Background: The inverse correlation of mycobacterial infection with asthma prevalence and the inhibitory effects of vaccination with Bacille Calmette-Guérin (BCG) on airway hyperreactivity in asthma models suggest modulation of dendritic cell (DC) and T cell functions by mycobacterial compounds. Methods: To delineate these immunological effects, the immunogenicity of BCG Copenhagen, BCG Chicago and BCG Pasteur was compared in a mouse model. Bone marrow-derived dendritic cells (BMDCs) from BALB/c mice were stimulated with ovalbumin (OVA) with or without BCG. BMDCs were phenotypically characterized by flow cytometry, and we used ELISA to measure the cytokine production of BMDCs as well as of co-cultivated allergen-specific T cells in response to OVA-pulsed. Immunomodulatory effects of BCG were studied in a model of allergic airway inflammation by adoptive transfer of allergen-pulsed BMDCs. Results: Immunomodulation with BCG induced production of IL-10 and IL-12 by BMDCs. Co-cultured allergen-specific T cells produced less IL-5, IL-13 and IFN-γ but more IL-10. Also the number of FoxP3+ regulatory T cells was enhanced. Strongest effects were seen with BCG Chicago and BCG Pasteur. In vivo, administration of BCG modulated OVA-pulsed BMDCs then reduced eosinophilic airway inflammation but enhanced infiltration with granulocytes. Airway hyperreactivity and mucus production were reduced and more FoxP3+ T cells were observed. Conclusion: BCG-induced suppression of Th2-type allergic airway inflammation was associated with enhancement of regulatory T cell function but also of Th1-associated neutrophilic airway inflammation. These findings raise concerns regarding the safety profile of BCG as a potential tool for prevention and therapy of allergic airway disease.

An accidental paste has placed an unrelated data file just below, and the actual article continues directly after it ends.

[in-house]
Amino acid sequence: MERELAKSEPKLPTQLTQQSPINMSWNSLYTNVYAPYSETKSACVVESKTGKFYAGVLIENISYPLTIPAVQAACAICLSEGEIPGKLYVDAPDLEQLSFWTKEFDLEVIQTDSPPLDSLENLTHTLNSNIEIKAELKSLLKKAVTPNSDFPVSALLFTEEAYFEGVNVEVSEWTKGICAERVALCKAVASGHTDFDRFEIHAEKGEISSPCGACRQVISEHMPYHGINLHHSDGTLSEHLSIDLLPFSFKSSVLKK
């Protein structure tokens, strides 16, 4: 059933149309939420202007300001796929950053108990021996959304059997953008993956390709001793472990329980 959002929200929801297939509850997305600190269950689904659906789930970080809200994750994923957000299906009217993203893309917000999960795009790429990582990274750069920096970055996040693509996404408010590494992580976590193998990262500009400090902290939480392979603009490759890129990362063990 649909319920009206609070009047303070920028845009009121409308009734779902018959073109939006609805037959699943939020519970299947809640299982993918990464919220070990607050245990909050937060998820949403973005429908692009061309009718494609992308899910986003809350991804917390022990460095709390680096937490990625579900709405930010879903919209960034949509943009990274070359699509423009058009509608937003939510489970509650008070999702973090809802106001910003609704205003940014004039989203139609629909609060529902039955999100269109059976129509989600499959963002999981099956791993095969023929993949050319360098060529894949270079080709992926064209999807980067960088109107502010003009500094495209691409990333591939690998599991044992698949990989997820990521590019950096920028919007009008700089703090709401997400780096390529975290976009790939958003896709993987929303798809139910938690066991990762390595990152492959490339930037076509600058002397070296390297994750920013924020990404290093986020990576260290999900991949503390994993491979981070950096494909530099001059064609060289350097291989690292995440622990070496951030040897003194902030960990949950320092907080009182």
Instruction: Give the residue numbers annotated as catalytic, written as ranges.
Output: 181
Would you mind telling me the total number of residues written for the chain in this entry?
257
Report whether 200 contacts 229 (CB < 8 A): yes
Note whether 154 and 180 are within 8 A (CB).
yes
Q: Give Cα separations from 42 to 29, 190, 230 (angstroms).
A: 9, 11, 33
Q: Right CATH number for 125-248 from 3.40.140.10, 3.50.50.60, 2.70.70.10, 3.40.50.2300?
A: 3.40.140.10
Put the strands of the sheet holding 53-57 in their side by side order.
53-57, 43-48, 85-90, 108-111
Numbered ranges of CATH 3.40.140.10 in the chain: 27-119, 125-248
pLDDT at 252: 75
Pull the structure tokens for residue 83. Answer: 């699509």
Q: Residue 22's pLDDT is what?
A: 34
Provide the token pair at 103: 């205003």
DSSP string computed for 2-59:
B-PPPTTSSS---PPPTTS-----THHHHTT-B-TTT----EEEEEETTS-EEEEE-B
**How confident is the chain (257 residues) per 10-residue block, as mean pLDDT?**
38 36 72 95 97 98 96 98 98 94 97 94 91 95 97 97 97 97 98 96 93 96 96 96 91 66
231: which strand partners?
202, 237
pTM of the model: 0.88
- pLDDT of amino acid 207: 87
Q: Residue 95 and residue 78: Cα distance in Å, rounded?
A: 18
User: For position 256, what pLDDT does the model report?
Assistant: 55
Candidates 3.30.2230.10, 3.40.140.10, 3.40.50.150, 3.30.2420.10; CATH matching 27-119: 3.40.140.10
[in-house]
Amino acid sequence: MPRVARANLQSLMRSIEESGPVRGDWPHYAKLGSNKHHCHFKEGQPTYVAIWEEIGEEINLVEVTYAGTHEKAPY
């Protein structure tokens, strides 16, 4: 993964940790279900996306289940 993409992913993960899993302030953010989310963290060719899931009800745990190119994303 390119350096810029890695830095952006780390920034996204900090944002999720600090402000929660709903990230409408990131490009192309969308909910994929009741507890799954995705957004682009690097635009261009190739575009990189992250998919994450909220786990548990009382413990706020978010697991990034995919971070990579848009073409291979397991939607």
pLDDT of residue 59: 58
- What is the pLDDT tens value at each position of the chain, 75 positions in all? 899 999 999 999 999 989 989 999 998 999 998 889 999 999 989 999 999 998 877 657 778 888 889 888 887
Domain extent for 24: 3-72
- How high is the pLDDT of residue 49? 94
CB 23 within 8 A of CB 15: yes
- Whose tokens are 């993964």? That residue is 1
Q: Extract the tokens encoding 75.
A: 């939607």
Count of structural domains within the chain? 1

© 2009 S. Karger AG, Basel


Article / Publication Details

First-Page Preview
Abstract of Original Paper

Received: June 06, 2008
Accepted: January 14, 2009
Published online: June 03, 2009
Issue release date: October 2009

Number of Print Pages: 11
Number of Figures: 9
Number of Tables: 0

ISSN: 1018-2438 (Print)
eISSN: 1423-0097 (Online)

For additional information: http://www.karger.com/IAA


Copyright / Drug Dosage / Disclaimer

Copyright: All rights reserved. No part of this publication may be translated into other languages, reproduced or utilized in any form or by any means, electronic or mechanical, including photocopying, recording, microcopying, or by any information storage and retrieval system, without permission in writing from the publisher or, in the case of photocopying, direct payment of a specified fee to the Copyright Clearance Center.
Drug Dosage: The authors and the publisher have exerted every effort to ensure that drug selection and dosage set forth in this text are in accord with current recommendations and practice at the time of publication. However, in view of ongoing research, changes in government regulations, and the constant flow of information relating to drug therapy and drug reactions, the reader is urged to check the package insert for each drug for any changes in indications and dosage and for added warnings and precautions. This is particularly important when the recommended agent is a new and/or infrequently employed drug.
Disclaimer: The statements, opinions and data contained in this publication are solely those of the individual authors and contributors and not of the publishers and the editor(s). The appearance of advertisements or/and product references in the publication is not a warranty, endorsement, or approval of the products or services advertised or of their effectiveness, quality or safety. The publisher and the editor(s) disclaim responsibility for any injury to persons or property resulting from any ideas, methods, instructions or products referred to in the content or advertisements.